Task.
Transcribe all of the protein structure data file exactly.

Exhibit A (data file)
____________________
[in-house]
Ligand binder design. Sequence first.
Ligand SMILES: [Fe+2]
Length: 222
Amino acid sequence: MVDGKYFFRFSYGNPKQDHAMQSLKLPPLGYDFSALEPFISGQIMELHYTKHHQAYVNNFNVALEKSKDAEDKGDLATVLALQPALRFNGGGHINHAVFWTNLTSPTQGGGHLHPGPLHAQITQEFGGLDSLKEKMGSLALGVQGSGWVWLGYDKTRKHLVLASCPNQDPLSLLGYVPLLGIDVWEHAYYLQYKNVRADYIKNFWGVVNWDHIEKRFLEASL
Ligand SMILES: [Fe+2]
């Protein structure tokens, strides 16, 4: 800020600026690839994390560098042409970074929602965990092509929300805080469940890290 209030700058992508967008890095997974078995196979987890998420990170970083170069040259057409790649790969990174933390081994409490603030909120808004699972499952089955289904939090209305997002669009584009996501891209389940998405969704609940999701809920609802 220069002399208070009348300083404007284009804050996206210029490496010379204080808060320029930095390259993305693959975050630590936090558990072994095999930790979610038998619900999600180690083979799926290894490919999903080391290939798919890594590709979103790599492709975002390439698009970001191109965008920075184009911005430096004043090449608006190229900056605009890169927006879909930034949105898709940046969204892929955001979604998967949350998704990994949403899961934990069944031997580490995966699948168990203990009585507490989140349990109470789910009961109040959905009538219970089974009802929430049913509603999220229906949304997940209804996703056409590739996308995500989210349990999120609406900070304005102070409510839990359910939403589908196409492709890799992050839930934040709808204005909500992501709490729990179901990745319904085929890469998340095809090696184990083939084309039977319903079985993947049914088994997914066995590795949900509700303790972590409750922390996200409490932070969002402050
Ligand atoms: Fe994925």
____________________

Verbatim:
[in-house]
Ligand binder design. Sequence first.
Ligand SMILES: [Fe+2]
Length: 222
Amino acid sequence: MVDGKYFFRFSYGNPKQDHAMQSLKLPPLGYDFSALEPFISGQIMELHYTKHHQAYVNNFNVALEKSKDAEDKGDLATVLALQPALRFNGGGHINHAVFWTNLTSPTQGGGHLHPGPLHAQITQEFGGLDSLKEKMGSLALGVQGSGWVWLGYDKTRKHLVLASCPNQDPLSLLGYVPLLGIDVWEHAYYLQYKNVRADYIKNFWGVVNWDHIEKRFLEASL
Ligand SMILES: [Fe+2]
């Protein structure tokens, strides 16, 4: 800020600026690839994390560098042409970074929602965990092509929300805080469940890290 209030700058992508967008890095997974078995196979987890998420990170970083170069040259057409790649790969990174933390081994409490603030909120808004699972499952089955289904939090209305997002669009584009996501891209389940998405969704609940999701809920609802 220069002399208070009348300083404007284009804050996206210029490496010379204080808060320029930095390259993305693959975050630590936090558990072994095999930790979610038998619900999600180690083979799926290894490919999903080391290939798919890594590709979103790599492709975002390439698009970001191109965008920075184009911005430096004043090449608006190229900056605009890169927006879909930034949105898709940046969204892929955001979604998967949350998704990994949403899961934990069944031997580490995966699948168990203990009585507490989140349990109470789910009961109040959905009538219970089974009802929430049913509603999220229906949304997940209804996703056409590739996308995500989210349990999120609406900070304005102070409510839990359910939403589908196409492709890799992050839930934040709808204005909500992501709490729990179901990745319904085929890469998340095809090696184990083939084309039977319903079985993947049914088994997914066995590795949900509700303790972590409750922390996200409490932070969002402050
Ligand atoms: Fe994925």